Learning

Helpful telecommuting tips and trainings

The transition to remote work can be daunting and a bit disorienting. To help with the transition, ESO compiled a list of helpful tips on working remotely.

In addition to the following tips, articles and trainings from UHD’s Employee Assistance Program (UTEAP) and LinkedIn Learning can be found on ESO’s Additional Resources for Working Remotely webpage.

1. Create a dedicated workspace

Initially you will want to set up a workspace that is only for work and nothing else. This way, you can work minimizing distractions. If possible, turn a room with a door into your office.

2. Set regular office hours

It is easy to overwork or underwork while telecommuting. To avoid these pitfalls and ensure work/life balance, set up consistent work hours. Some interruptions can’t be avoided but do your best to set work hours and stick to them. When the workday is over, leave work at the office and turn off your computer or put it to sleep. Do this to make sure you recharge and maintain your health.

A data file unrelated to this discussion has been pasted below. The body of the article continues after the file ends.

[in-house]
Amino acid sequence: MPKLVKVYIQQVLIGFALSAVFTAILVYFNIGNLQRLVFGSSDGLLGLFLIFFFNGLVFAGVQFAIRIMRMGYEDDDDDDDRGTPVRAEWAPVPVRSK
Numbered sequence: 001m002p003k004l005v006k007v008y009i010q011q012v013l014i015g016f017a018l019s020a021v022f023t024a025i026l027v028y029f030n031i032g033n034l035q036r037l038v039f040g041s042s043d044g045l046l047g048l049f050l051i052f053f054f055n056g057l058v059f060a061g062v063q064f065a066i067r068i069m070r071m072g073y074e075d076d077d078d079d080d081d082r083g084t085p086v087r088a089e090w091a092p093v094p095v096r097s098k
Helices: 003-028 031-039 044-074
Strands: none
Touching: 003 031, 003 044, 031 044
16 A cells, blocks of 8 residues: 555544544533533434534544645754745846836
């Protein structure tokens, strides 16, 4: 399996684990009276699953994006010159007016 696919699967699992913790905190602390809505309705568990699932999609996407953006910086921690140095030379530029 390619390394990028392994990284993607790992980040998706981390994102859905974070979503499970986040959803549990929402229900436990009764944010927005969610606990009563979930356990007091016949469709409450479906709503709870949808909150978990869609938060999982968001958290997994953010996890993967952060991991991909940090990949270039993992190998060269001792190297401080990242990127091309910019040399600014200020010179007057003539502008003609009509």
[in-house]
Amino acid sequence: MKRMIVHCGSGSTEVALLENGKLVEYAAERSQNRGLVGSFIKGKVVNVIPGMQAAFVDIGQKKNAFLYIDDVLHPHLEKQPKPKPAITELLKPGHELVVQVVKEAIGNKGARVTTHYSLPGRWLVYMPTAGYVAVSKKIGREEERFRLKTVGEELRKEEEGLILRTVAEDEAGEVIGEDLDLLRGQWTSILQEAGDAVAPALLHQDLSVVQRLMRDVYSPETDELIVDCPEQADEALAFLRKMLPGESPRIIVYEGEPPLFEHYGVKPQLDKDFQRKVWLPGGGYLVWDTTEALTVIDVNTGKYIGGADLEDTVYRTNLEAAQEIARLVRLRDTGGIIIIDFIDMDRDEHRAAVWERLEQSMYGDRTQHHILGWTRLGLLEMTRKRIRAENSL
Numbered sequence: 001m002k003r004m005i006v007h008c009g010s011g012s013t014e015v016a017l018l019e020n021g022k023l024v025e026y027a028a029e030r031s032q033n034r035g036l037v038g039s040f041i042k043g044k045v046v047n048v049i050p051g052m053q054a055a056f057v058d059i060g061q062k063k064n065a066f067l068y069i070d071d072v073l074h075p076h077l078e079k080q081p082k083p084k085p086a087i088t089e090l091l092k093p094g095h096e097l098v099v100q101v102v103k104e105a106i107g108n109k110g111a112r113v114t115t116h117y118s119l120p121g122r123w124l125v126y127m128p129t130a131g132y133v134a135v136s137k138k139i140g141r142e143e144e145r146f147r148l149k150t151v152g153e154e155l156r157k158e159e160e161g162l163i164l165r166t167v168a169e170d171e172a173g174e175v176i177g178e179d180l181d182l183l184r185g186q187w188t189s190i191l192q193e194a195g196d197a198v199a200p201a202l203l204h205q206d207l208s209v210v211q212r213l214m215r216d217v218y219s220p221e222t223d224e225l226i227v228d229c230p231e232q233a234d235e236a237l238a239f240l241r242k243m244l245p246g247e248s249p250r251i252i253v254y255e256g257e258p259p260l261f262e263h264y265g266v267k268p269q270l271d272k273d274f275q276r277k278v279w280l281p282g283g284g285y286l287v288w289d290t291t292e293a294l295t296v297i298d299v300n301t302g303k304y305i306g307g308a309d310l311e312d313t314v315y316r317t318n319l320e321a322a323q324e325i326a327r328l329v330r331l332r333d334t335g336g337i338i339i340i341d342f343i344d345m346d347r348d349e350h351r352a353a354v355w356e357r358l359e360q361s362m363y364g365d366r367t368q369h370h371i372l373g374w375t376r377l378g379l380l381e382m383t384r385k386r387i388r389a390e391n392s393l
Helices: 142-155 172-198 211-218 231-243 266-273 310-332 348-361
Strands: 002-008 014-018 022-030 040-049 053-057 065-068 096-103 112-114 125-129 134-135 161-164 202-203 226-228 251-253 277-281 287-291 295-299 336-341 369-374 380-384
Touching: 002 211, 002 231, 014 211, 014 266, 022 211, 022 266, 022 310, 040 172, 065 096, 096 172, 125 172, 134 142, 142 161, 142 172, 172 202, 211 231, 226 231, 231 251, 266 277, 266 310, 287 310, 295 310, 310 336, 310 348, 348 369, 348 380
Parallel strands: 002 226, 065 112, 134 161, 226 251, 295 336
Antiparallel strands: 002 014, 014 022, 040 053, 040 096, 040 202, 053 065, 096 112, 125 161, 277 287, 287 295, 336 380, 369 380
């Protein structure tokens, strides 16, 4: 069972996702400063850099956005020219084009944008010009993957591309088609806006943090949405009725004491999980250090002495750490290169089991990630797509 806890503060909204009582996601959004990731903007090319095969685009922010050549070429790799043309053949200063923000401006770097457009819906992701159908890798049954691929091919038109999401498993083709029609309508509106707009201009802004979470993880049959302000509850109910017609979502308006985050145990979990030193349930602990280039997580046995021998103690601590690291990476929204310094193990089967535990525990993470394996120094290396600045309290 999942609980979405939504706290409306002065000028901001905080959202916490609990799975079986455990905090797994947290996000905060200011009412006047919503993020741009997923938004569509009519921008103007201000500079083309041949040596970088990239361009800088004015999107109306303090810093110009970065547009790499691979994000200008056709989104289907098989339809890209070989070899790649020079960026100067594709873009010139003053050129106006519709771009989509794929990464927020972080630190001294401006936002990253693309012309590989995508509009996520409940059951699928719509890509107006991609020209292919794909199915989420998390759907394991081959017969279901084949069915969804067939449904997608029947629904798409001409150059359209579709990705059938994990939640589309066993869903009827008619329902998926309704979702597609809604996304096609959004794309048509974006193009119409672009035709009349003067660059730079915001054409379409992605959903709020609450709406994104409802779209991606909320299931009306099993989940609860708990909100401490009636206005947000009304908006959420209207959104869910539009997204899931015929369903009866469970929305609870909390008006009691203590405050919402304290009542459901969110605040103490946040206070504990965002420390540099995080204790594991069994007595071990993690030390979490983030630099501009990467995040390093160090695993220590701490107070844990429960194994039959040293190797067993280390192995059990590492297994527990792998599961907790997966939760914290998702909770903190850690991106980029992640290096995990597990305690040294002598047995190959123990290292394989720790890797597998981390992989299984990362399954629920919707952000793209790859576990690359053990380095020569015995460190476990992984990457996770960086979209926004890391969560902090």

3. Plan your workday

Understand your personal productivity, whether you are more productive during the morning or later in the day, and plan your work around your most productive hours. Set up a schedule to ensure you have a consistent work schedule and make a list of tasks and due dates to keep up with your work.

4. Get ready for the workday